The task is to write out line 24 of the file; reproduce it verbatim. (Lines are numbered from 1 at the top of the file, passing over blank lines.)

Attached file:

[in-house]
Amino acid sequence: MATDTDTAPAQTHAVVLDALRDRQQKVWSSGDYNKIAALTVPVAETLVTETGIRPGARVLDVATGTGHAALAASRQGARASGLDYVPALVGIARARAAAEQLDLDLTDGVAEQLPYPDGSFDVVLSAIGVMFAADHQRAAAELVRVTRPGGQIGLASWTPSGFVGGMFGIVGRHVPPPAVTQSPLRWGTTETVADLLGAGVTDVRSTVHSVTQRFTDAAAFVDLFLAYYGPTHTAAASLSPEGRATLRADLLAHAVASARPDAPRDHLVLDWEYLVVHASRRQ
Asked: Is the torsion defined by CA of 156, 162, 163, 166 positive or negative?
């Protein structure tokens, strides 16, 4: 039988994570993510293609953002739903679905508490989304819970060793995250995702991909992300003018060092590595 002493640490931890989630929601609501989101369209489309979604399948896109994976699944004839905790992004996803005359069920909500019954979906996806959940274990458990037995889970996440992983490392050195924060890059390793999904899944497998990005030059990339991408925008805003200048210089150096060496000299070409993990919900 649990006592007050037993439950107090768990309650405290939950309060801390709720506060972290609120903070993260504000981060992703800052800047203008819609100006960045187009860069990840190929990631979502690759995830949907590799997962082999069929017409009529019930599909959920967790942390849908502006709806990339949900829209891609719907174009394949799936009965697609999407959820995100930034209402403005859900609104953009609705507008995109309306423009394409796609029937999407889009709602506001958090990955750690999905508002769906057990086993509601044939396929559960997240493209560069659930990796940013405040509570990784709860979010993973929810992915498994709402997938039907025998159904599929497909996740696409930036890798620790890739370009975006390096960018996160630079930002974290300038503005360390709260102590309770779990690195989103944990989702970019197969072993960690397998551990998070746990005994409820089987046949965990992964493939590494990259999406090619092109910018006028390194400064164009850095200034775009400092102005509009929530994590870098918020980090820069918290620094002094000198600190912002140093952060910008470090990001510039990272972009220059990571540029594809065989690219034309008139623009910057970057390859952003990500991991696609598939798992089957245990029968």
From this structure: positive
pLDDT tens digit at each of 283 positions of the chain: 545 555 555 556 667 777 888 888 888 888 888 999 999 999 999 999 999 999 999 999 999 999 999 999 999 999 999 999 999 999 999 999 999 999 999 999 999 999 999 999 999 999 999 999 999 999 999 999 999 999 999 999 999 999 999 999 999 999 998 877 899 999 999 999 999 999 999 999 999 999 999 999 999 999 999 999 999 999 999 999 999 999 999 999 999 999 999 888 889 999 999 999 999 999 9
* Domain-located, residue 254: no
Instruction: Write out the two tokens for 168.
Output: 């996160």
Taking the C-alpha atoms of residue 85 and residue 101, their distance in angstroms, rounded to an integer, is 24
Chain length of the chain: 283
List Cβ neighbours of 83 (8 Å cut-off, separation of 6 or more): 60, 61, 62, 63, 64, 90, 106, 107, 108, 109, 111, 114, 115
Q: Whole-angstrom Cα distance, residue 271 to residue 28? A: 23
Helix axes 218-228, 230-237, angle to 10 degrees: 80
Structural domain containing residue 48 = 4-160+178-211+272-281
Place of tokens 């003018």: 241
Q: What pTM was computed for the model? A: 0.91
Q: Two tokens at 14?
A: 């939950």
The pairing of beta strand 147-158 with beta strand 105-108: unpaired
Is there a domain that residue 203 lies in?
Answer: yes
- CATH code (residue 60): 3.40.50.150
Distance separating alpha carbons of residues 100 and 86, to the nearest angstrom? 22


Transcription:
Distance separating alpha carbons of residues 100 and 86, to the nearest angstrom? 22